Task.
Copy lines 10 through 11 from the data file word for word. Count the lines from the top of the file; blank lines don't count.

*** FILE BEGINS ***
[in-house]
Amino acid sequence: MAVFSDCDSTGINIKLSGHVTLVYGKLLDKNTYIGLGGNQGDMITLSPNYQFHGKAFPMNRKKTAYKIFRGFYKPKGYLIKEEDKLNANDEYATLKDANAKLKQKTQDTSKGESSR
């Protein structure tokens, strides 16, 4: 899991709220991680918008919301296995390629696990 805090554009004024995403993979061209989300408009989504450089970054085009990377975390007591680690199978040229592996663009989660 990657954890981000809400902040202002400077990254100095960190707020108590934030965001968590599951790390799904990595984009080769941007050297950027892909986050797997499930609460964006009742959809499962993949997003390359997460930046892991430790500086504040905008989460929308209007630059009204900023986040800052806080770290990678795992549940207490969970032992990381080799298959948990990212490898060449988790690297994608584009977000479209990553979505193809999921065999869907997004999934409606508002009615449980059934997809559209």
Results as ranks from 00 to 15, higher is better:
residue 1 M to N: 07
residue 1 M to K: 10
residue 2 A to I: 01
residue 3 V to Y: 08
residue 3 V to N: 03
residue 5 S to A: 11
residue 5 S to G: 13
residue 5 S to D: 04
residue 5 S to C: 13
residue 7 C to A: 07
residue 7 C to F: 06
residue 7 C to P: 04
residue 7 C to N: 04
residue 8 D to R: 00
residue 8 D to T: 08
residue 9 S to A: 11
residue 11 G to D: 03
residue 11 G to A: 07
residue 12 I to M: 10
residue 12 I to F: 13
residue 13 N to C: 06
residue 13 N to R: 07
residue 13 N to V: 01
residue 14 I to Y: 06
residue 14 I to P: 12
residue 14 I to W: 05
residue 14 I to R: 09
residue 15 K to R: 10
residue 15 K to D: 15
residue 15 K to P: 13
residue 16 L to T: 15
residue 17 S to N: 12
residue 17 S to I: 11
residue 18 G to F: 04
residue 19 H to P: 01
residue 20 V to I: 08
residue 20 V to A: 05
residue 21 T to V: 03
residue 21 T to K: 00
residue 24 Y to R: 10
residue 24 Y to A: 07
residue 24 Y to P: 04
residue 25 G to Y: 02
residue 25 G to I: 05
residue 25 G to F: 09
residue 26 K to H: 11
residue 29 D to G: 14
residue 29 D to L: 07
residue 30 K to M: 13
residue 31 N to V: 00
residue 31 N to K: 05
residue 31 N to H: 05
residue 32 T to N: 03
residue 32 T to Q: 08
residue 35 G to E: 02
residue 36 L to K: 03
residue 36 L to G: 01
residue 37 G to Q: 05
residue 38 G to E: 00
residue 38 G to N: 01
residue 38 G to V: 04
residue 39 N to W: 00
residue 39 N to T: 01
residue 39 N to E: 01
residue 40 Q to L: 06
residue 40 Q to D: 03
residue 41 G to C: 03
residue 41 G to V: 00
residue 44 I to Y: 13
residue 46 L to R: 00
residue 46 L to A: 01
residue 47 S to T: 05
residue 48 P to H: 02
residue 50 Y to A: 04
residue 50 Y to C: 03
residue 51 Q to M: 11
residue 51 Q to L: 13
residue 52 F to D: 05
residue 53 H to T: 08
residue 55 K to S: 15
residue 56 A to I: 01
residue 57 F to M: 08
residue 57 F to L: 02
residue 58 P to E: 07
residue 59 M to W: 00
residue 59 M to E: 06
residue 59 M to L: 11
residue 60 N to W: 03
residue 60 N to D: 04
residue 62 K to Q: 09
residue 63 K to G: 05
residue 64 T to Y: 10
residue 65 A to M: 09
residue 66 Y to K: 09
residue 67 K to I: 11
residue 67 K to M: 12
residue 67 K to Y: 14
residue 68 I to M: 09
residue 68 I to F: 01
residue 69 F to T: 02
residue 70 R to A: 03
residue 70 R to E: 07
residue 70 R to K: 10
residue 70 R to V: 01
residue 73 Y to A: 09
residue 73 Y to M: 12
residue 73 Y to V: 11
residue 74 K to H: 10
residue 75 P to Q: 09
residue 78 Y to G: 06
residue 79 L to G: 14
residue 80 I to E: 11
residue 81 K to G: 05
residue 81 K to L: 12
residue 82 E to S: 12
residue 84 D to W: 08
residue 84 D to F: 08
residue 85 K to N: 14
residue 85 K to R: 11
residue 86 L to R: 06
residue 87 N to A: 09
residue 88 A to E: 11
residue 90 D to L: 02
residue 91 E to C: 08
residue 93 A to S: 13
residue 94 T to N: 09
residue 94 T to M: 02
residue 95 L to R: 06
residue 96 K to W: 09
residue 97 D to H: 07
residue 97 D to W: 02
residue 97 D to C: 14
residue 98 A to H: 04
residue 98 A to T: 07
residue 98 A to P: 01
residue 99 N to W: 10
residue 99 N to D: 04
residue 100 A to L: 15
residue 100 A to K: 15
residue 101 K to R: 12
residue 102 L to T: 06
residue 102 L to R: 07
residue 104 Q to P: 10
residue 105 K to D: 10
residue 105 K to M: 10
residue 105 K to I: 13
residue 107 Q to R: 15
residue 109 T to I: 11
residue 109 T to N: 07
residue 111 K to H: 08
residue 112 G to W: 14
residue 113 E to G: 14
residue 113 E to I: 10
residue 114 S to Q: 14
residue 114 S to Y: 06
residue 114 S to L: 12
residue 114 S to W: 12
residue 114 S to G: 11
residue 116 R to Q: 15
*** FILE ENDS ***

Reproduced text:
residue 5 S to A: 11
residue 5 S to G: 13